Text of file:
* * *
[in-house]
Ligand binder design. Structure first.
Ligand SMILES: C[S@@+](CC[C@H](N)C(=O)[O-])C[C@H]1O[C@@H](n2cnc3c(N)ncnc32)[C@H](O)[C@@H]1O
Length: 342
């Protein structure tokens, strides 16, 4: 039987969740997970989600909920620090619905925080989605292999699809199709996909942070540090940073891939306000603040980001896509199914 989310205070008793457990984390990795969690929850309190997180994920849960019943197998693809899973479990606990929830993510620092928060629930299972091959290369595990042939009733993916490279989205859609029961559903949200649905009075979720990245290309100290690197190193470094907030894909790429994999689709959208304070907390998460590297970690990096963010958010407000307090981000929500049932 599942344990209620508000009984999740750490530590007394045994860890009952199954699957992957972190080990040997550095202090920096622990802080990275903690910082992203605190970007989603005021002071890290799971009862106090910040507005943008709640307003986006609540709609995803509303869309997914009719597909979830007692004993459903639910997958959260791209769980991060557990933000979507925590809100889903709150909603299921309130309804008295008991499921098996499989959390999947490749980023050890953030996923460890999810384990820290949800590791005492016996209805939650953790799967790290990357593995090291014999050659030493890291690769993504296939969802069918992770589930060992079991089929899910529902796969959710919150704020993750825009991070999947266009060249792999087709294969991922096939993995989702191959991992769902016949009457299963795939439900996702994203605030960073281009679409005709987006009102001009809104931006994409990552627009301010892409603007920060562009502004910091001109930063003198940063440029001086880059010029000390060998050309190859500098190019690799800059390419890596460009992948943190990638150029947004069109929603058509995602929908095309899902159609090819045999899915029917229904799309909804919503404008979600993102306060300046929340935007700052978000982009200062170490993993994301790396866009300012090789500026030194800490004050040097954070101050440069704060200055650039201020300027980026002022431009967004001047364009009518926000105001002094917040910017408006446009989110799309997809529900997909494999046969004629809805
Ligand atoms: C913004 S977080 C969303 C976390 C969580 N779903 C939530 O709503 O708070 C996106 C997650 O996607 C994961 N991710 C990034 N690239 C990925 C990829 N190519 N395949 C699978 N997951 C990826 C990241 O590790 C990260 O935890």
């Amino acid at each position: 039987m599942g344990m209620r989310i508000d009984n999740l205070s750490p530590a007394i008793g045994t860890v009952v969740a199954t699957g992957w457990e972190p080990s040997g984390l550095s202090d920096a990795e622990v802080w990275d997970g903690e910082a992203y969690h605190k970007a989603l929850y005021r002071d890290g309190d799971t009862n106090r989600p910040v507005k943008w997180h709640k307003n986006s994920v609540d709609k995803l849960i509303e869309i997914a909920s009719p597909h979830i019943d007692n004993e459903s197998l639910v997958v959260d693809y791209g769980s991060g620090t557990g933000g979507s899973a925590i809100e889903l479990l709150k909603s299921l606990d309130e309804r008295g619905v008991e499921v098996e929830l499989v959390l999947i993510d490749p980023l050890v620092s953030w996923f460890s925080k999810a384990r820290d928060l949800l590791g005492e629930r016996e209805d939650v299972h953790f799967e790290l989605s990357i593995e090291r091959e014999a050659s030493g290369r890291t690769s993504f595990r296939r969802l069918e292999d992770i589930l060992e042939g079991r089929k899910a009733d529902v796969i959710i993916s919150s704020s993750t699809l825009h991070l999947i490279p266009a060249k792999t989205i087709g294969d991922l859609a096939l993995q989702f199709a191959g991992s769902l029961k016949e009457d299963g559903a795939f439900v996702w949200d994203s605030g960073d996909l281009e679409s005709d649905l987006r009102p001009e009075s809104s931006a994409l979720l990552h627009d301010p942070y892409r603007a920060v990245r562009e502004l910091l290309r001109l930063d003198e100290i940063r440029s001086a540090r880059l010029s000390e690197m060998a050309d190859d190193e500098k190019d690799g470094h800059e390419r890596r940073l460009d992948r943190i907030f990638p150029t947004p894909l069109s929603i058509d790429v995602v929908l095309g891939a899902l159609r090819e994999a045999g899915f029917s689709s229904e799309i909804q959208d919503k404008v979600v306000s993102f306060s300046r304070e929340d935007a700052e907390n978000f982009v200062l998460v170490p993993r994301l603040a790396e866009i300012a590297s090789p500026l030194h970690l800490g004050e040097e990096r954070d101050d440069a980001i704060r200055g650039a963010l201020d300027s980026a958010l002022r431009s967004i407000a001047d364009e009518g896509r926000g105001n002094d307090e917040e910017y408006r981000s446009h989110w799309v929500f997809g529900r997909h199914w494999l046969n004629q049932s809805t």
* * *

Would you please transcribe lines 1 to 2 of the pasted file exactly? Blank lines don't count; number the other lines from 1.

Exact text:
[in-house]
Ligand binder design. Structure first.